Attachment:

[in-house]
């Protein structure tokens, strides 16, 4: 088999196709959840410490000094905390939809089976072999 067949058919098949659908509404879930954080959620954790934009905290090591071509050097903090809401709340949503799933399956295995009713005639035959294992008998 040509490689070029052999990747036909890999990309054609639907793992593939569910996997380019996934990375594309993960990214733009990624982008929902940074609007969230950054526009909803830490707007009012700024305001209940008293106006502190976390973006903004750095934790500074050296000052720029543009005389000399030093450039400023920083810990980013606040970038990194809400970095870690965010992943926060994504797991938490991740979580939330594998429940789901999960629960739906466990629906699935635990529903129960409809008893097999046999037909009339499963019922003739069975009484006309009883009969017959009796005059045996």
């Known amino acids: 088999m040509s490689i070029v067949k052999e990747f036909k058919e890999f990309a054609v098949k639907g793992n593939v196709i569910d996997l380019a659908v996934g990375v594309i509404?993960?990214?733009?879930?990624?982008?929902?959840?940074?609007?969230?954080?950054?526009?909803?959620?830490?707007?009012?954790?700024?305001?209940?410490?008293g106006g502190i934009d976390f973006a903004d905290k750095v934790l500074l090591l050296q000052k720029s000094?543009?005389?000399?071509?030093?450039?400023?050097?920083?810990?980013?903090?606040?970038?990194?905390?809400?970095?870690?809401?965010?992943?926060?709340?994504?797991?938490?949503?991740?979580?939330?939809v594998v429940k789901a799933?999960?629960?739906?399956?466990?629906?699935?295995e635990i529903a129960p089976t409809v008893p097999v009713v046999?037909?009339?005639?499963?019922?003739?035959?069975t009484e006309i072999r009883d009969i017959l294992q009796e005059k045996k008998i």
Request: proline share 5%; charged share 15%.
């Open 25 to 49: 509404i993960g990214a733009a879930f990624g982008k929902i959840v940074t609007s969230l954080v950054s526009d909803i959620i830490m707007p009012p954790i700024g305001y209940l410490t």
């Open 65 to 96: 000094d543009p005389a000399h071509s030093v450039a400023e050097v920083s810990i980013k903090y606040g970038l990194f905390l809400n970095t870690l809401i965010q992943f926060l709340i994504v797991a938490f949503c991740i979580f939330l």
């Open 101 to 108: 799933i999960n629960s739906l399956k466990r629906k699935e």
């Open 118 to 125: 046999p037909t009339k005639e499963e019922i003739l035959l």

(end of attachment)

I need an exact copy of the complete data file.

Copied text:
[in-house]
């Protein structure tokens, strides 16, 4: 088999196709959840410490000094905390939809089976072999 067949058919098949659908509404879930954080959620954790934009905290090591071509050097903090809401709340949503799933399956295995009713005639035959294992008998 040509490689070029052999990747036909890999990309054609639907793992593939569910996997380019996934990375594309993960990214733009990624982008929902940074609007969230950054526009909803830490707007009012700024305001209940008293106006502190976390973006903004750095934790500074050296000052720029543009005389000399030093450039400023920083810990980013606040970038990194809400970095870690965010992943926060994504797991938490991740979580939330594998429940789901999960629960739906466990629906699935635990529903129960409809008893097999046999037909009339499963019922003739069975009484006309009883009969017959009796005059045996």
């Known amino acids: 088999m040509s490689i070029v067949k052999e990747f036909k058919e890999f990309a054609v098949k639907g793992n593939v196709i569910d996997l380019a659908v996934g990375v594309i509404?993960?990214?733009?879930?990624?982008?929902?959840?940074?609007?969230?954080?950054?526009?909803?959620?830490?707007?009012?954790?700024?305001?209940?410490?008293g106006g502190i934009d976390f973006a903004d905290k750095v934790l500074l090591l050296q000052k720029s000094?543009?005389?000399?071509?030093?450039?400023?050097?920083?810990?980013?903090?606040?970038?990194?905390?809400?970095?870690?809401?965010?992943?926060?709340?994504?797991?938490?949503?991740?979580?939330?939809v594998v429940k789901a799933?999960?629960?739906?399956?466990?629906?699935?295995e635990i529903a129960p089976t409809v008893p097999v009713v046999?037909?009339?005639?499963?019922?003739?035959?069975t009484e006309i072999r009883d009969i017959l294992q009796e005059k045996k008998i």
Request: proline share 5%; charged share 15%.
């Open 25 to 49: 509404i993960g990214a733009a879930f990624g982008k929902i959840v940074t609007s969230l954080v950054s526009d909803i959620i830490m707007p009012p954790i700024g305001y209940l410490t």
């Open 65 to 96: 000094d543009p005389a000399h071509s030093v450039a400023e050097v920083s810990i980013k903090y606040g970038l990194f905390l809400n970095t870690l809401i965010q992943f926060l709340i994504v797991a938490f949503c991740i979580f939330l």
């Open 101 to 108: 799933i999960n629960s739906l399956k466990r629906k699935e």
């Open 118 to 125: 046999p037909t009339k005639e499963e019922i003739l035959l």